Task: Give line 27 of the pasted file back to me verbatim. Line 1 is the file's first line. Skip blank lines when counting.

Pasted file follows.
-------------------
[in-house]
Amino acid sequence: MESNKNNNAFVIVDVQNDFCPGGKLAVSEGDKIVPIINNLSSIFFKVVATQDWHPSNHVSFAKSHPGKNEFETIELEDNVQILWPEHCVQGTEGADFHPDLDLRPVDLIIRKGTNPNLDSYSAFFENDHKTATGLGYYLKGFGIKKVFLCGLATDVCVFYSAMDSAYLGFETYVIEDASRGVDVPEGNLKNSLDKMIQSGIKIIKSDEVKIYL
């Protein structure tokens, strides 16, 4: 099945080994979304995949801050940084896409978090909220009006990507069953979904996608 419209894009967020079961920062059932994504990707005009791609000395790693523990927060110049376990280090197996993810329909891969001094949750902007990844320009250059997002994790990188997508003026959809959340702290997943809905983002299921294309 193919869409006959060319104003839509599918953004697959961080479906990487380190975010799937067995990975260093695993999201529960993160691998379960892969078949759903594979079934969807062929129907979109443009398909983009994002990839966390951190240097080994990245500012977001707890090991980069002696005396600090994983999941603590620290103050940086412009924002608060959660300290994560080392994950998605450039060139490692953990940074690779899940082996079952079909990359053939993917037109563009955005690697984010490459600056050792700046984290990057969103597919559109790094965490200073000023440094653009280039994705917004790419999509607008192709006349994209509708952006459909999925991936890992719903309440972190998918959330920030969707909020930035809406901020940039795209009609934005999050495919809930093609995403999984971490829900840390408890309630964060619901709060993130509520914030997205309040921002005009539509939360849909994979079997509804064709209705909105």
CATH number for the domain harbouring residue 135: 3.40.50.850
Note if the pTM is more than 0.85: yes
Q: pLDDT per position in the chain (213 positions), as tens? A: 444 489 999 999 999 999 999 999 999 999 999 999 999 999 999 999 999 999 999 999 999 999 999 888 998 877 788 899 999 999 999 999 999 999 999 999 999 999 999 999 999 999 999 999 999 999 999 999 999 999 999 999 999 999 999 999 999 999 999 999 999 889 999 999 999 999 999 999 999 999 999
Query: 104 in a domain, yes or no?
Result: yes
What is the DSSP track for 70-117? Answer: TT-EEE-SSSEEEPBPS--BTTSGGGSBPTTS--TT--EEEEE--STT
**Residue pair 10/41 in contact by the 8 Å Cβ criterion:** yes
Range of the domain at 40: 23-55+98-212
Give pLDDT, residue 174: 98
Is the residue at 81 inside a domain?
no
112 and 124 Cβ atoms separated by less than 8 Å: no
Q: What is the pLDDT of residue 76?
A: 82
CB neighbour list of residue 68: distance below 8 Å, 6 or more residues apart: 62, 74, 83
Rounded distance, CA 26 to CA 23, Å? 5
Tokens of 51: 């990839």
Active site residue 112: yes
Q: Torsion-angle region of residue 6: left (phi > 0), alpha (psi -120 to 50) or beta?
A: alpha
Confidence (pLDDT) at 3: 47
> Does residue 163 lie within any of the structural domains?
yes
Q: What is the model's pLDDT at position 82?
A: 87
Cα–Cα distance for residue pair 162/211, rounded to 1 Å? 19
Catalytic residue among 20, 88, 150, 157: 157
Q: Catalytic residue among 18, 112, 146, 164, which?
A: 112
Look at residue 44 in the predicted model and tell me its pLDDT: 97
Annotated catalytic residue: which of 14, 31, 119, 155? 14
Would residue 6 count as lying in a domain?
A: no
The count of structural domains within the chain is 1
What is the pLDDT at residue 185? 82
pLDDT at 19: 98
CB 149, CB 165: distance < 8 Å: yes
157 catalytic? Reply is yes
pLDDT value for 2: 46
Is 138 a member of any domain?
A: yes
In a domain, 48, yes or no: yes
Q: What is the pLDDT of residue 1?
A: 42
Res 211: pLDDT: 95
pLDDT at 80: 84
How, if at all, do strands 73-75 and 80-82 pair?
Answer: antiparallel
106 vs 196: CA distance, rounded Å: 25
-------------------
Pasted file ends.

Q: What is the model's pLDDT at position 82?